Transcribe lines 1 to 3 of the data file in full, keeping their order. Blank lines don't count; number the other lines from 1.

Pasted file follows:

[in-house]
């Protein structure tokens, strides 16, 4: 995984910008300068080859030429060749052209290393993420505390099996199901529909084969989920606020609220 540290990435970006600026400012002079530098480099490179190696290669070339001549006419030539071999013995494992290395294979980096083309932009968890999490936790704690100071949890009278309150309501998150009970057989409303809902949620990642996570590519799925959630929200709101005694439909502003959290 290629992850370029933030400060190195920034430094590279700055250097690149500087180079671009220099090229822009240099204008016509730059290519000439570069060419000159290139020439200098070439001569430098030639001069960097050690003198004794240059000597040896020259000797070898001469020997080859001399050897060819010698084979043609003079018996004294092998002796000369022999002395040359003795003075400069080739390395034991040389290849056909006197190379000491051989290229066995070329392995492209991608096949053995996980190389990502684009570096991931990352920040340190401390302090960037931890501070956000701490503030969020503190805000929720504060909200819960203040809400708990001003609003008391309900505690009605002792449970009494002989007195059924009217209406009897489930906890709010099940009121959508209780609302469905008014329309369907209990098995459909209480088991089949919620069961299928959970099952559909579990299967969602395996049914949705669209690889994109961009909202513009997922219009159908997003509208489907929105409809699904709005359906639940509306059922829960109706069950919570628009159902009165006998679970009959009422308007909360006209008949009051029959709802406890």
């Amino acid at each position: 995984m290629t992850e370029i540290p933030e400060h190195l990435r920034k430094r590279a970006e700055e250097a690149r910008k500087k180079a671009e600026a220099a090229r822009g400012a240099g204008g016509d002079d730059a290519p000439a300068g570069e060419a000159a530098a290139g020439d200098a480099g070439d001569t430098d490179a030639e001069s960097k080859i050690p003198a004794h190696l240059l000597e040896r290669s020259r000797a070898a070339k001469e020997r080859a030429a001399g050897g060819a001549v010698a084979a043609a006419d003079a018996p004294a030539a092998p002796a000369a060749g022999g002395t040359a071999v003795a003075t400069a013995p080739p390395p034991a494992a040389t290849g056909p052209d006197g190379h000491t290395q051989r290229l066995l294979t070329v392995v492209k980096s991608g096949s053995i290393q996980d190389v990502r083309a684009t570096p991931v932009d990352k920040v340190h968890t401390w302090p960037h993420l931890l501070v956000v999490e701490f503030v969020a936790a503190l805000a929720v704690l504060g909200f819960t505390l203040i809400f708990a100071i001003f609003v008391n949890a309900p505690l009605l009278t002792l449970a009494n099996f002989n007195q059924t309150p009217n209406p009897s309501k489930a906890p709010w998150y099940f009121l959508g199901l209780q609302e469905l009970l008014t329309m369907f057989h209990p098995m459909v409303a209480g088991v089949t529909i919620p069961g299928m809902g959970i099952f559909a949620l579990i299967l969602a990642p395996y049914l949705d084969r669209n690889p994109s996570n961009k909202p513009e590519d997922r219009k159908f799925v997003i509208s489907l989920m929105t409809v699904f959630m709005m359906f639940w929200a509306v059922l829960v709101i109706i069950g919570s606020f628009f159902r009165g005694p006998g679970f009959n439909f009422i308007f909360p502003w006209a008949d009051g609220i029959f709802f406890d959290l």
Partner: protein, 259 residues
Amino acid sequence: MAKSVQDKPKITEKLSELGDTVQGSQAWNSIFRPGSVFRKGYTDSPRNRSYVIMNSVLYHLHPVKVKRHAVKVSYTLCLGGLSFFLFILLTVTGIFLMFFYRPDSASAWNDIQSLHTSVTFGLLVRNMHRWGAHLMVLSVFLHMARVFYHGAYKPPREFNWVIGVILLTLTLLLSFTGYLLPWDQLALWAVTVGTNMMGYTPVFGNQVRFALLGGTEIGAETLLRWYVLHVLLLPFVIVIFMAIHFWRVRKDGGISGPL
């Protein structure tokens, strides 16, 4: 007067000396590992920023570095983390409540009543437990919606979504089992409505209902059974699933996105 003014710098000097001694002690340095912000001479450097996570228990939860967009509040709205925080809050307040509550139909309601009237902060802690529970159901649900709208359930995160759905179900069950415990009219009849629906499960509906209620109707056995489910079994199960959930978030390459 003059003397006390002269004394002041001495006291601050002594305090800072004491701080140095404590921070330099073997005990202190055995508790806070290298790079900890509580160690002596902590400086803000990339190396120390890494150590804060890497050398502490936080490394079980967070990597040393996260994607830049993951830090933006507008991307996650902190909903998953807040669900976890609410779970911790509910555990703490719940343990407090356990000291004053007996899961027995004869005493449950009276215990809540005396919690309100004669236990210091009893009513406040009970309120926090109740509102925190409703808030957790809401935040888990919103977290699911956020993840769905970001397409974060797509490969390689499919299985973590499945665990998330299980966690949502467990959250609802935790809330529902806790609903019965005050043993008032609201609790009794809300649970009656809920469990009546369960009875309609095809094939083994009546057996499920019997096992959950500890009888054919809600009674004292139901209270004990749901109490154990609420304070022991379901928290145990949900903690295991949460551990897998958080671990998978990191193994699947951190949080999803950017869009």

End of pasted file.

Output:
[in-house]
């Protein structure tokens, strides 16, 4: 995984910008300068080859030429060749052209290393993420505390099996199901529909084969989920606020609220 540290990435970006600026400012002079530098480099490179190696290669070339001549006419030539071999013995494992290395294979980096083309932009968890999490936790704690100071949890009278309150309501998150009970057989409303809902949620990642996570590519799925959630929200709101005694439909502003959290 290629992850370029933030400060190195920034430094590279700055250097690149500087180079671009220099090229822009240099204008016509730059290519000439570069060419000159290139020439200098070439001569430098030639001069960097050690003198004794240059000597040896020259000797070898001469020997080859001399050897060819010698084979043609003079018996004294092998002796000369022999002395040359003795003075400069080739390395034991040389290849056909006197190379000491051989290229066995070329392995492209991608096949053995996980190389990502684009570096991931990352920040340190401390302090960037931890501070956000701490503030969020503190805000929720504060909200819960203040809400708990001003609003008391309900505690009605002792449970009494002989007195059924009217209406009897489930906890709010099940009121959508209780609302469905008014329309369907209990098995459909209480088991089949919620069961299928959970099952559909579990299967969602395996049914949705669209690889994109961009909202513009997922219009159908997003509208489907929105409809699904709005359906639940509306059922829960109706069950919570628009159902009165006998679970009959009422308007909360006209008949009051029959709802406890």
């Amino acid at each position: 995984m290629t992850e370029i540290p933030e400060h190195l990435r920034k430094r590279a970006e700055e250097a690149r910008k500087k180079a671009e600026a220099a090229r822009g400012a240099g204008g016509d002079d730059a290519p000439a300068g570069e060419a000159a530098a290139g020439d200098a480099g070439d001569t430098d490179a030639e001069s960097k080859i050690p003198a004794h190696l240059l000597e040896r290669s020259r000797a070898a070339k001469e020997r080859a030429a001399g050897g060819a001549v010698a084979a043609a006419d003079a018996p004294a030539a092998p002796a000369a060749g022999g002395t040359a071999v003795a003075t400069a013995p080739p390395p034991a494992a040389t290849g056909p052209d006197g190379h000491t290395q051989r290229l066995l294979t070329v392995v492209k980096s991608g096949s053995i290393q996980d190389v990502r083309a684009t570096p991931v932009d990352k920040v340190h968890t401390w302090p960037h993420l931890l501070v956000v999490e701490f503030v969020a936790a503190l805000a929720v704690l504060g909200f819960t505390l203040i809400f708990a100071i001003f609003v008391n949890a309900p505690l009605l009278t002792l449970a009494n099996f002989n007195q059924t309150p009217n209406p009897s309501k489930a906890p709010w998150y099940f009121l959508g199901l209780q609302e469905l009970l008014t329309m369907f057989h209990p098995m459909v409303a209480g088991v089949t529909i919620p069961g299928m809902g959970i099952f559909a949620l579990i299967l969602a990642p395996y049914l949705d084969r669209n690889p994109s996570n961009k909202p513009e590519d997922r219009k159908f799925v997003i509208s489907l989920m929105t409809v699904f959630m709005m359906f639940w929200a509306v059922l829960v709101i109706i069950g919570s606020f628009f159902r009165g005694p006998g679970f009959n439909f009422i308007f909360p502003w006209a008949d009051g609220i029959f709802f406890d959290l």